Ah, escape, the act of breaking free. This word could well be one more synonym for “coming out”. This does seem to be a recurring theme, if one chooses to so interpret, for many of our Story Telling topics. It may be stretching a metaphor, something I seem at times to excel at, but I think we can view our LGBT Community Center here in Denver as an escape hatch and participation in this group for many as an accelerant. For me personally it has not been so much an accelerant as a re-fueling station. Story Telling has been a validation for me that what started in the mid-1970’s, thanks to the hard work and dedication of a small cadre of like-minded queer folk, was certainly worth the effort. I was not part of that initial group but did hitch my wagon to the Center in 1976.
Areas many of us LGBTQ folks have had experience trying to escape are the mental health issues we face in significantly greater proportions than the non-Queer community. Many of us have had very significant issues with depression, anxiety, addiction and suicide. The suicide rates remain, for LGBTQ youth in particular, disturbingly high even in this supposed age of post-liberation. The Trans community in particular is at grave risk for both suicide and murder.
Mental health issues among LBGTQ people are complex and in need of contextualization, intersectionality analysis and exploration with knowledgeable queer professional providers. It would be nice to see these issues addressed with the same depth and vigor that the sexual habits and health of gay men have been addressed in the last 40 plus years. Yes, certainly HIV was and remains a strong incentive to address how we fuck and the potential consequences of that but I must wonder about the very significant current and historical carnage from unaddressed mental health needs. These issues were prematurely thinning our numbers centuries before HIV came along and continue to this day.
A word of caution though in addressing depression in particular involves you and your provider not simply reaching for a pill or pills to address the problem. I am in no way saying that anti-depression medications do not serve a role and have been actual lifesavers for many. Do though proceed with caution, often easier said than done in our extremely fucked-up health care system so dominated by Big Pharma.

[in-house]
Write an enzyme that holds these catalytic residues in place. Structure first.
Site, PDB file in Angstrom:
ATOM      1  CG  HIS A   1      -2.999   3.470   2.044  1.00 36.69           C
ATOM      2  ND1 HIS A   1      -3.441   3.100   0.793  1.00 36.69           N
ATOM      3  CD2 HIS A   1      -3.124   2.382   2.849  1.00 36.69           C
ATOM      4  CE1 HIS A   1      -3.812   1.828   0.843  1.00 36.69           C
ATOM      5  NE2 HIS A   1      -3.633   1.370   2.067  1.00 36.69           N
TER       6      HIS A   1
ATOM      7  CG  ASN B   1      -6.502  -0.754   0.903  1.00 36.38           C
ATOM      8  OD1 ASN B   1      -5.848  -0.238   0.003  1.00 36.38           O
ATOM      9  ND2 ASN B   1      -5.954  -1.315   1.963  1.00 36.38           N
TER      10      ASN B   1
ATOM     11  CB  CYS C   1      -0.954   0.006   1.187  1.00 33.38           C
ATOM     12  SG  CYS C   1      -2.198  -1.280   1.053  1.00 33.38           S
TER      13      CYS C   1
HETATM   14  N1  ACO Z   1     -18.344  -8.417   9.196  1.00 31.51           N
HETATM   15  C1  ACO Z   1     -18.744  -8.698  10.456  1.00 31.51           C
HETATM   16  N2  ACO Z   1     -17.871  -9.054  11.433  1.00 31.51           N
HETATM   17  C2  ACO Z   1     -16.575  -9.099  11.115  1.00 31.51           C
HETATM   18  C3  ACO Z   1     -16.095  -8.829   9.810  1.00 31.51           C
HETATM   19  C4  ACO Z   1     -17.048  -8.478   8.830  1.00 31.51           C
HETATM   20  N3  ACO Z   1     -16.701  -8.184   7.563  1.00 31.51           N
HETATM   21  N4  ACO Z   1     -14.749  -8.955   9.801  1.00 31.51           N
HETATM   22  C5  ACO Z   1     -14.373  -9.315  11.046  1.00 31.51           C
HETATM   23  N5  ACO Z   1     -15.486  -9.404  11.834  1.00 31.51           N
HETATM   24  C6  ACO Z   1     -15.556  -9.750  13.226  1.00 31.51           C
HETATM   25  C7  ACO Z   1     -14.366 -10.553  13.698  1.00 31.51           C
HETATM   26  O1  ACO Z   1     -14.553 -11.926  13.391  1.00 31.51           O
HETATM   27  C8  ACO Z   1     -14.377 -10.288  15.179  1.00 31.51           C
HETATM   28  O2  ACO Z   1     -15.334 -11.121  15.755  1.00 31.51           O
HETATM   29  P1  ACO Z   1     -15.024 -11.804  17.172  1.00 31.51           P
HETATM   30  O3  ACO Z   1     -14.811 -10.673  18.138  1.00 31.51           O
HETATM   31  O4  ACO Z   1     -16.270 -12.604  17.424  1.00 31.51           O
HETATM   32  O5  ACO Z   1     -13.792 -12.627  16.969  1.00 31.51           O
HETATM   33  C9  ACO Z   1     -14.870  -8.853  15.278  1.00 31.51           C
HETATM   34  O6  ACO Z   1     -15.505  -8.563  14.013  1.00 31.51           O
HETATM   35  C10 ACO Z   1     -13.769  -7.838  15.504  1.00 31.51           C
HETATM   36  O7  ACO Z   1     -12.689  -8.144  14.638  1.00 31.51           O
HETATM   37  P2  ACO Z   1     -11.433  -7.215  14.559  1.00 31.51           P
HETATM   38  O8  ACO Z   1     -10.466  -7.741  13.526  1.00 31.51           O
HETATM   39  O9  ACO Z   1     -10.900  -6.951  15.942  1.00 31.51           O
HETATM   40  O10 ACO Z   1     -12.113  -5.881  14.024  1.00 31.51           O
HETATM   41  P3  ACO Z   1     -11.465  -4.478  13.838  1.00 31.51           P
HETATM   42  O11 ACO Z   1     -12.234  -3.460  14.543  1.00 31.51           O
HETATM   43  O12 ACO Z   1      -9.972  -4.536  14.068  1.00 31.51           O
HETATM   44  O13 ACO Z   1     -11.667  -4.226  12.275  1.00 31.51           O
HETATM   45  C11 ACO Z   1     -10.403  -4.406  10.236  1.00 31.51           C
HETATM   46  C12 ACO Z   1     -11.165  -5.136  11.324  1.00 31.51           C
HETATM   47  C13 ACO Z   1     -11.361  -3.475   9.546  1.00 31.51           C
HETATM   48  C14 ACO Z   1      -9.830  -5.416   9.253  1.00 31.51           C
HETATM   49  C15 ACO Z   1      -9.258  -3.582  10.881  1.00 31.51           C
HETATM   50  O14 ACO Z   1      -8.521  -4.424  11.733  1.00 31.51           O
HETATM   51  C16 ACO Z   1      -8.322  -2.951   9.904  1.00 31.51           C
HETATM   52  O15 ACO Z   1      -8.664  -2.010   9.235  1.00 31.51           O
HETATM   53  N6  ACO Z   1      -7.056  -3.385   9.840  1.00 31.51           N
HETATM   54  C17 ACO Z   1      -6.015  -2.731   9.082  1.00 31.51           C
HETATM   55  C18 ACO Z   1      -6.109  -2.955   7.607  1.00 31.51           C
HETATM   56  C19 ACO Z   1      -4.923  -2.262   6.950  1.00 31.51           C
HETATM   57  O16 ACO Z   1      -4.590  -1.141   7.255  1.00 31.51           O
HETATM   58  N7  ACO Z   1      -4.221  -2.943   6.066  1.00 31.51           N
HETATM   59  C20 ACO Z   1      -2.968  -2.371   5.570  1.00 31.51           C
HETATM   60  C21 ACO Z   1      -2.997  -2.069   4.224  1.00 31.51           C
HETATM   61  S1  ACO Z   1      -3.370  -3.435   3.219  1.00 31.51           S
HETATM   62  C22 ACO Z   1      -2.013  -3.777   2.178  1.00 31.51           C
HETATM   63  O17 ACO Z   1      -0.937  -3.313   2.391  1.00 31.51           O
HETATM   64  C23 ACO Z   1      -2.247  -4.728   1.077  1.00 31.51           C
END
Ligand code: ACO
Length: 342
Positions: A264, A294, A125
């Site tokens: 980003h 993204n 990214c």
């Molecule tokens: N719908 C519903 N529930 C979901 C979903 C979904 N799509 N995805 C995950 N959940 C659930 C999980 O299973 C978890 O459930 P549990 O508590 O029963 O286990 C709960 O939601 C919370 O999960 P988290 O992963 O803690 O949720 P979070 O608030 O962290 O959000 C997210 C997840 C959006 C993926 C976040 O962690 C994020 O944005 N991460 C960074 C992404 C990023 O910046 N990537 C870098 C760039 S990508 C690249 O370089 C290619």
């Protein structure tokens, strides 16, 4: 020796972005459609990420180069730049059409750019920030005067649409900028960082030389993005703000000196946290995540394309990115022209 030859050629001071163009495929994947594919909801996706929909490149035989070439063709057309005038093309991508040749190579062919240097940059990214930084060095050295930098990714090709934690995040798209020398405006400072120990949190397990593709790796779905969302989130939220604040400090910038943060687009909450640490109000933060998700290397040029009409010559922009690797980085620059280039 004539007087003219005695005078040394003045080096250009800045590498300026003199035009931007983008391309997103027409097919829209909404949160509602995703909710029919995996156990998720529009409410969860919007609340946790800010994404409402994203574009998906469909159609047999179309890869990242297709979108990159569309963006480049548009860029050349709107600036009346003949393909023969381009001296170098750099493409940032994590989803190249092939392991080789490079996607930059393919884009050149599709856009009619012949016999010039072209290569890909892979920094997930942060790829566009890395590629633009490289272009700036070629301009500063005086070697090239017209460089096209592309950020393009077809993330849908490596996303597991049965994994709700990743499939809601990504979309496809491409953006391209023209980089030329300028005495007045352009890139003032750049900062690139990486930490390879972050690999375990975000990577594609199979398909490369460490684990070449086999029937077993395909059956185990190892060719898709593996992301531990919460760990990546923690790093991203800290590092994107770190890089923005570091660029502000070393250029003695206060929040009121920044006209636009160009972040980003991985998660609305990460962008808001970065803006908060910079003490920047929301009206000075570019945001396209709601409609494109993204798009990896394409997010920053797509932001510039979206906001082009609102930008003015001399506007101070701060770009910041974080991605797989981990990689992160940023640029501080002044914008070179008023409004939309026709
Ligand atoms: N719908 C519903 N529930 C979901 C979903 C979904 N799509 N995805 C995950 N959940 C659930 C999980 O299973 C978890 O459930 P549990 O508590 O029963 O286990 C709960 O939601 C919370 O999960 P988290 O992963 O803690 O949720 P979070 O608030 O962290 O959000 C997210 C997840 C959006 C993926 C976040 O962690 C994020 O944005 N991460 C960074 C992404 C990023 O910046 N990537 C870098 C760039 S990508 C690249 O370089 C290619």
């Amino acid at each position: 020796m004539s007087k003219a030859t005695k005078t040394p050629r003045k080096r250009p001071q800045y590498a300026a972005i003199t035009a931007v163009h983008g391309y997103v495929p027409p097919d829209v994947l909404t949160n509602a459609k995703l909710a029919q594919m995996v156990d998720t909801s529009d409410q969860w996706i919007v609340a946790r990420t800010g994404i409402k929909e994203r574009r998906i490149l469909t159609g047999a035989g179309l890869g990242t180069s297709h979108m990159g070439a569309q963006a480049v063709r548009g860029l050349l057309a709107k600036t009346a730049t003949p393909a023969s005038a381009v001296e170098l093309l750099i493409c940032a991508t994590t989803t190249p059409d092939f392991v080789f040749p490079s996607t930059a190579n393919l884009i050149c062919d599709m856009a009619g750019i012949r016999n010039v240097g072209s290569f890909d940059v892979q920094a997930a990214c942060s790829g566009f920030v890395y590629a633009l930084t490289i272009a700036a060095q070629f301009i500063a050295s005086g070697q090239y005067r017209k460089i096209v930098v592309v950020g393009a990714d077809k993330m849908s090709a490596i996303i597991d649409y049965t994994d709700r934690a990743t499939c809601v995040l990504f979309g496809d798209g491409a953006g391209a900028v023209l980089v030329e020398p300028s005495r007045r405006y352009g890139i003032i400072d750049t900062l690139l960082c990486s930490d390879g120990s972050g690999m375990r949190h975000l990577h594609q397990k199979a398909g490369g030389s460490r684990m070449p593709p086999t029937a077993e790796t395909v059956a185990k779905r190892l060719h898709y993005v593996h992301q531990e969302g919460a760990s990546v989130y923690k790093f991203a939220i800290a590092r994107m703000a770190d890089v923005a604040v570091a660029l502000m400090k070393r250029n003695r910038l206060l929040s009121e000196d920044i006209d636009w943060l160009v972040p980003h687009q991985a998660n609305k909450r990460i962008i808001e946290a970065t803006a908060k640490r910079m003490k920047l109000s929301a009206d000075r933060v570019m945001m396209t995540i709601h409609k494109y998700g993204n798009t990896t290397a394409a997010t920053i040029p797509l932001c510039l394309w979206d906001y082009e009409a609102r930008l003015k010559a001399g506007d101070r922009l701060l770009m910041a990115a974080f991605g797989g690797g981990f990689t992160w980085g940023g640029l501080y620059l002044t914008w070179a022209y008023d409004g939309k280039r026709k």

I read an interesting article in the NYT Sunday morning about how hard it is for many people to get off of antidepressants. They focused primarily on the difficulty some people had specifically getting off of Zoloft and Cymbalta.
I’ve included a link to the article since I think it is important that the whole thing be read by anyone considering stopping their antidepressant or for that matter whether or to start one. This might be a great article to take to your mental health provider or primary care person if you think issues of depression are something that need to be addressed for you personally. It might piss them off a bit but they will get over it or you will hopefully find a new provider, though admittedly not an easy task in the current health care environment in this country.
Another piece I ran across in writing this was an article in The Guardian from May of last year by a fellow named Alexander Leon. He argues that we should be and I quote “ defiant in our acceptance of mental health problems in the same way we would about our sexuality or gender identity”.
Rather than describe our mental health issues as weakness, or perhaps a reason to seek out conversion therapy, a healthier and more spot on way to look at these issues is as “battle scars” to be addressed, a term used by Leon in the Guardian article. What is really remarkable is that so many of us have survived an at times unrelenting societal onslaught since an early age as a result of our budding identities. I am a firm believer that pharmaceuticals may sometimes play a role in addressing these battle scars but they should always be used in conjunction with strong Queer community support. So welcome one and all to SAGE Story Telling at the LGBT Community Center of Colorado and a grand escape from the often at times suffocating “hetero-normative” world we are born into.